The IV Doc

 

On April 9, 2021, Pasithea Clinics Corp. (“Pasithea Clinics”), an affiliate of the Company, entered into a Business Support Services Subcontract (the “Subcontract”) with The IV Doc, pursuant to which The IV Doc will provide certain non-clinical administrative, back office, and other business support services to one or more professional medical practices in the State of New York pursuant to a BSSA. During the term of the Subcontract, Pasithea Clinics will pay The IV Doc monthly subcontract fees in consideration of the subcontract services rendered by The IV Doc. The subcontract fees, which are equal to $22,500 per month, will represent fair market value for the subcontract services and are commensurate with the subcontract services to be provided, and will not constitute an illegal fee-splitting or impermissible profit-sharing arrangement in violation of any applicable laws. In addition to the subcontract fees, Pasithea Clinics will reimburse The IV Doc for all reasonable expenses, including travel, meals and lodging expenses, incurred by The IV Doc in connection with the services provided pursuant to such agreement, provided that such expenses are otherwise commercially reasonable and necessary. The initial term of the Subcontract is 15 years, and will automatically renew for successive five-year terms unless either party delivers written notice to the other party of its intent not to renew at least 180 days before the end of the initial term or unless the Subcontract is earlier terminated pursuant to the terms thereof. The Subcontract may be terminated during the term by (a) mutual agreement of the parties, (b) by Pasithea Clinics immediately and without notice upon termination of the BSSA, (c) by Pasithea Clinics immediately upon written notice if The IV Doc breaches the Subcontract and fails to cure such breach within 45 days after receiving written notice from Pasithea Clinics or if The IV Doc admits in writing that it is unable to pay its debts generally when due, or (d) by The IV Doc immediately upon written notice if Pasithea Clinics breaches the Subcontract and fails to cure such breach within 45 days after receiving written notice from The IV Doc or if Pasithea Clinics admits in writing that it is unable to pay its debts generally when due.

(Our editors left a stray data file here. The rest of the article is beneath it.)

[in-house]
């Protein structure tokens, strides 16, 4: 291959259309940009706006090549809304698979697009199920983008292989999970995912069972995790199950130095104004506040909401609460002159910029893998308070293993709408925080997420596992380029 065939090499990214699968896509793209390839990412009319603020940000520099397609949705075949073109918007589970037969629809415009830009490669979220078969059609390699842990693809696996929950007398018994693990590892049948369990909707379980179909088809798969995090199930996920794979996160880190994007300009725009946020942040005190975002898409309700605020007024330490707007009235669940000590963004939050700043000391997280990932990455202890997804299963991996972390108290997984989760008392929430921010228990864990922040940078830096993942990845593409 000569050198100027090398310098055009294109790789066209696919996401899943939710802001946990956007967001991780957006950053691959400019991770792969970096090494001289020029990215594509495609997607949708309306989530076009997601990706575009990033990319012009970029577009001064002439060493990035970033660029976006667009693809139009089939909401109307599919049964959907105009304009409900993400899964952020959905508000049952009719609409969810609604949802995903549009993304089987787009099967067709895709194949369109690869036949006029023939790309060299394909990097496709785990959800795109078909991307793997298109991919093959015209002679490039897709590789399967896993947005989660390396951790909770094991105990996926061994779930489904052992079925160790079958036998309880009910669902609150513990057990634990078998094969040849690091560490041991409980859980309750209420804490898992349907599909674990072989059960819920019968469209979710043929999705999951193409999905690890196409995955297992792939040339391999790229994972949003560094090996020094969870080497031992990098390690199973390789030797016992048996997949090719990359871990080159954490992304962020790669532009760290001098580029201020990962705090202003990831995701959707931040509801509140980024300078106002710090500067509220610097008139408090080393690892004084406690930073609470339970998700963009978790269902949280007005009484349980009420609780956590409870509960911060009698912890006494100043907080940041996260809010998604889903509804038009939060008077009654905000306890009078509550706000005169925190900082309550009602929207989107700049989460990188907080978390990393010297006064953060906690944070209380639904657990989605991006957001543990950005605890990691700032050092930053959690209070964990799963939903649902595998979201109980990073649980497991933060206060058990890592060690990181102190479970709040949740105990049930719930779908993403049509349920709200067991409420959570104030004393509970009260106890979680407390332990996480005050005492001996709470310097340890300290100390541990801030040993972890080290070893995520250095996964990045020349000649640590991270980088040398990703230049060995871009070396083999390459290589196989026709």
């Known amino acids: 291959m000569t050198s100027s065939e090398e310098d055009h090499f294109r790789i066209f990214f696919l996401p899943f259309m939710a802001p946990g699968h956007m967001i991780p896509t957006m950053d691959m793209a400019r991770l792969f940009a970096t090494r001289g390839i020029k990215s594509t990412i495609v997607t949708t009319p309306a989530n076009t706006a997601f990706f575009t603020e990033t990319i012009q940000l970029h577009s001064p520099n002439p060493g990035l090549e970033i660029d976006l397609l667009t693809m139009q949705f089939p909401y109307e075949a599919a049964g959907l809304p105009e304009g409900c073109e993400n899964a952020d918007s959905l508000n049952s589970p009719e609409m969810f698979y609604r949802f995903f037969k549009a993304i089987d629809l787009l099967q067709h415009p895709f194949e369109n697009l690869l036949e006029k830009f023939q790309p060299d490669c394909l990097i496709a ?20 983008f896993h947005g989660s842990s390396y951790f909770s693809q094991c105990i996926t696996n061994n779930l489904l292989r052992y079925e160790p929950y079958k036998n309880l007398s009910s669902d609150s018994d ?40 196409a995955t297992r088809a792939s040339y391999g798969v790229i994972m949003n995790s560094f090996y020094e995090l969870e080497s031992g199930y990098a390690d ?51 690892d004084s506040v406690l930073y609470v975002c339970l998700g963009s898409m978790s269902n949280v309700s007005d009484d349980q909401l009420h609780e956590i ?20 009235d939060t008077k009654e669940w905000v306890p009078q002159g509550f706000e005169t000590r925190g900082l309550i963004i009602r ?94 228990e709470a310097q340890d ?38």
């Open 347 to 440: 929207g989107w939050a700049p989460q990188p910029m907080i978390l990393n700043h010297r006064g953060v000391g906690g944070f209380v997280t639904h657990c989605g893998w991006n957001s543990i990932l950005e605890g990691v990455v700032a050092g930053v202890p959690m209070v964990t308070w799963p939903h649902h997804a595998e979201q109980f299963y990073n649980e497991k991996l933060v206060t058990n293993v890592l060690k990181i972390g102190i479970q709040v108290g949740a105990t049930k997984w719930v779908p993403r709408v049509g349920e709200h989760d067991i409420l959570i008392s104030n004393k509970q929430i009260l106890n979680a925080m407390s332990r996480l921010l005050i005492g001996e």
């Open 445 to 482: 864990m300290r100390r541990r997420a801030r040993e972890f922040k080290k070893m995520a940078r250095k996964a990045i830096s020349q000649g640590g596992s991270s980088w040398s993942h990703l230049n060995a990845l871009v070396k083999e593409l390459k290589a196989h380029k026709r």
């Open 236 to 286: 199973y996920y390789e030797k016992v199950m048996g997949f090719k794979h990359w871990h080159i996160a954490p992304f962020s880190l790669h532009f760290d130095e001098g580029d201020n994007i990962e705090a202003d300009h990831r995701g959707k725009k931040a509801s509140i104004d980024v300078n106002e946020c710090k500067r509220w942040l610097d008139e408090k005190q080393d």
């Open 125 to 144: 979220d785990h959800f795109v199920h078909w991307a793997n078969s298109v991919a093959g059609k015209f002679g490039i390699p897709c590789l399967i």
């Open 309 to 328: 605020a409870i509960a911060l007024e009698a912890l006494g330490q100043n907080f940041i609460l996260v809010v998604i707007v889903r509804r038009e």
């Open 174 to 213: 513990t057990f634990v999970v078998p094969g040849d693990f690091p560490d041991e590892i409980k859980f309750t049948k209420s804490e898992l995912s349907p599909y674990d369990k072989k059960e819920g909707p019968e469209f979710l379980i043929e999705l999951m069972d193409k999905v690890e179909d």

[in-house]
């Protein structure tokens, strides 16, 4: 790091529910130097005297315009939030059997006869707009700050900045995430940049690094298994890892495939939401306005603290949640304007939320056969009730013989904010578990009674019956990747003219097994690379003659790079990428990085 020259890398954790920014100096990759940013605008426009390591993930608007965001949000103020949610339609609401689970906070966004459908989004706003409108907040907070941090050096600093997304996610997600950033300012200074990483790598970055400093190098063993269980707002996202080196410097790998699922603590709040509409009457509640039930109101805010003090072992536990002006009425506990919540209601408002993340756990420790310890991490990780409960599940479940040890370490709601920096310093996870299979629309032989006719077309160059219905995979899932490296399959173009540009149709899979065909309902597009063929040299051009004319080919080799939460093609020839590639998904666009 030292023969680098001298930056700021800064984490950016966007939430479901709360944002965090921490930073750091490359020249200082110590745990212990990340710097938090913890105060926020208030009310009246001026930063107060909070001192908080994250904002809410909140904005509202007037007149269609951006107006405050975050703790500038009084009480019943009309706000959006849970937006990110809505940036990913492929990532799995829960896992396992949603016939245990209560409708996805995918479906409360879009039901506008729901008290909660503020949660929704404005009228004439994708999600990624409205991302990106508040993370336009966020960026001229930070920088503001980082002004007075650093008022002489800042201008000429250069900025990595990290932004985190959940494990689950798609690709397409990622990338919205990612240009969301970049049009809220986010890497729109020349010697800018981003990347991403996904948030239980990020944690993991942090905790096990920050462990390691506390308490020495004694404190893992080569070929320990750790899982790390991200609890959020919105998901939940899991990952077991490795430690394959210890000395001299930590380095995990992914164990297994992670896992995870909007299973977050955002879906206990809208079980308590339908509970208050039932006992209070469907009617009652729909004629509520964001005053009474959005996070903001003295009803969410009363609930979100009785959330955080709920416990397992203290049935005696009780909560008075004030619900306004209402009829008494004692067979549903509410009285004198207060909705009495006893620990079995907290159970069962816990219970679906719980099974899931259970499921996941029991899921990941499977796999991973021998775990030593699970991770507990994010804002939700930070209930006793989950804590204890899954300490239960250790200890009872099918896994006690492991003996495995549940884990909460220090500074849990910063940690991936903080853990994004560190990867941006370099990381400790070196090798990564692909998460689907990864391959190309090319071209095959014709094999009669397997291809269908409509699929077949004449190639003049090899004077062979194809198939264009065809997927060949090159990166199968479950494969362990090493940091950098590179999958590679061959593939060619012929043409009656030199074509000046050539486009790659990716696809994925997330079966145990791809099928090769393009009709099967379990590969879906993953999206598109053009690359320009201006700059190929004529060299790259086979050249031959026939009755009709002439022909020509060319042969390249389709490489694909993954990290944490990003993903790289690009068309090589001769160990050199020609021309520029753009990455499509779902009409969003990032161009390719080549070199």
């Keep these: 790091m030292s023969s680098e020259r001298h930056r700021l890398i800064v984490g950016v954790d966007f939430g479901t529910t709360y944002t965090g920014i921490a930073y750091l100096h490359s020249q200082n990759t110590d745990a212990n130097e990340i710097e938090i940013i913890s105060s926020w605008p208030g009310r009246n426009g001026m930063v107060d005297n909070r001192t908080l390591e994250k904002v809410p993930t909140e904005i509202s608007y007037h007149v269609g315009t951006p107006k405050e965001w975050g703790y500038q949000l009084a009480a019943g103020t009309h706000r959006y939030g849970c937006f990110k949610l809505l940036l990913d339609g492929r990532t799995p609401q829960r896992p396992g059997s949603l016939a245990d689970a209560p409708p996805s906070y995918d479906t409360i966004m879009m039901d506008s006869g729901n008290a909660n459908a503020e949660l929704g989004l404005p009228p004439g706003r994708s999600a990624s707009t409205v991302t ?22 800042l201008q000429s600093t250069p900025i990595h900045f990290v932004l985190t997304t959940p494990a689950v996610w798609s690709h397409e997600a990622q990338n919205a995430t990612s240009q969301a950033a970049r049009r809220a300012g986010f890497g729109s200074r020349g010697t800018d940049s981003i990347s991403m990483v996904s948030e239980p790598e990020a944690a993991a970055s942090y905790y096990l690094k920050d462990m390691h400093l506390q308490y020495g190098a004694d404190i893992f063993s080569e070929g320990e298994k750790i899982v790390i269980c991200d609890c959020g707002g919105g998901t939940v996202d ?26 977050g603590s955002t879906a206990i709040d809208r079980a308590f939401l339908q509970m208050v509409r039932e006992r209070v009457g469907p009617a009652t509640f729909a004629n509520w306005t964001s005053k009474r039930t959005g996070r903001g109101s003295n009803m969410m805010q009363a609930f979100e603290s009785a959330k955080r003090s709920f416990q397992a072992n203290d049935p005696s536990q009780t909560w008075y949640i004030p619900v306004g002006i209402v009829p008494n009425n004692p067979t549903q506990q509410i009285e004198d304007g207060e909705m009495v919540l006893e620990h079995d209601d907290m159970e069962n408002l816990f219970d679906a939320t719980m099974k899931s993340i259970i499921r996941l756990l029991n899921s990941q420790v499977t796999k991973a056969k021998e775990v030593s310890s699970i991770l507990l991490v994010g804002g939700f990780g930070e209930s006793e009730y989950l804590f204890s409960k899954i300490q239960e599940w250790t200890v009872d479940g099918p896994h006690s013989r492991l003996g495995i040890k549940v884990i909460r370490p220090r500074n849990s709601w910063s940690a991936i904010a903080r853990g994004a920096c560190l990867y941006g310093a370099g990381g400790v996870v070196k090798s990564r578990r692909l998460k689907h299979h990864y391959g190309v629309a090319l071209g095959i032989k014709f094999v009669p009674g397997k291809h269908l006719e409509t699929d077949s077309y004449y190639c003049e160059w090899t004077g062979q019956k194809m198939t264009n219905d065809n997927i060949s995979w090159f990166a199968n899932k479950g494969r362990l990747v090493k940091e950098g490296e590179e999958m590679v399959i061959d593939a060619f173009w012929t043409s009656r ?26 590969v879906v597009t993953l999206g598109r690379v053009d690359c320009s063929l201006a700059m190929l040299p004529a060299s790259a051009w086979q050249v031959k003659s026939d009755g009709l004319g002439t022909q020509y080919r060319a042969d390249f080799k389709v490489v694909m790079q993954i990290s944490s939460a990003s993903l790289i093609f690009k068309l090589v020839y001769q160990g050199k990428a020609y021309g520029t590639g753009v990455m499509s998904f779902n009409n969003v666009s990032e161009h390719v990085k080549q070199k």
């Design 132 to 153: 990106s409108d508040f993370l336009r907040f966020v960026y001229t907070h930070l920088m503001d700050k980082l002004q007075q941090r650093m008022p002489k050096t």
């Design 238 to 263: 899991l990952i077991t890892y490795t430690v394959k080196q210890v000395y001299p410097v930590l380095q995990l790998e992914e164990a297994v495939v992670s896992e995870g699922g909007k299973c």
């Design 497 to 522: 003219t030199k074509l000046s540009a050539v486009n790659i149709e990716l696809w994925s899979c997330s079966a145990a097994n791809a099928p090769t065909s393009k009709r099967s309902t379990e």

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Government Regulation and Drug Approval

 

Governmental Regulations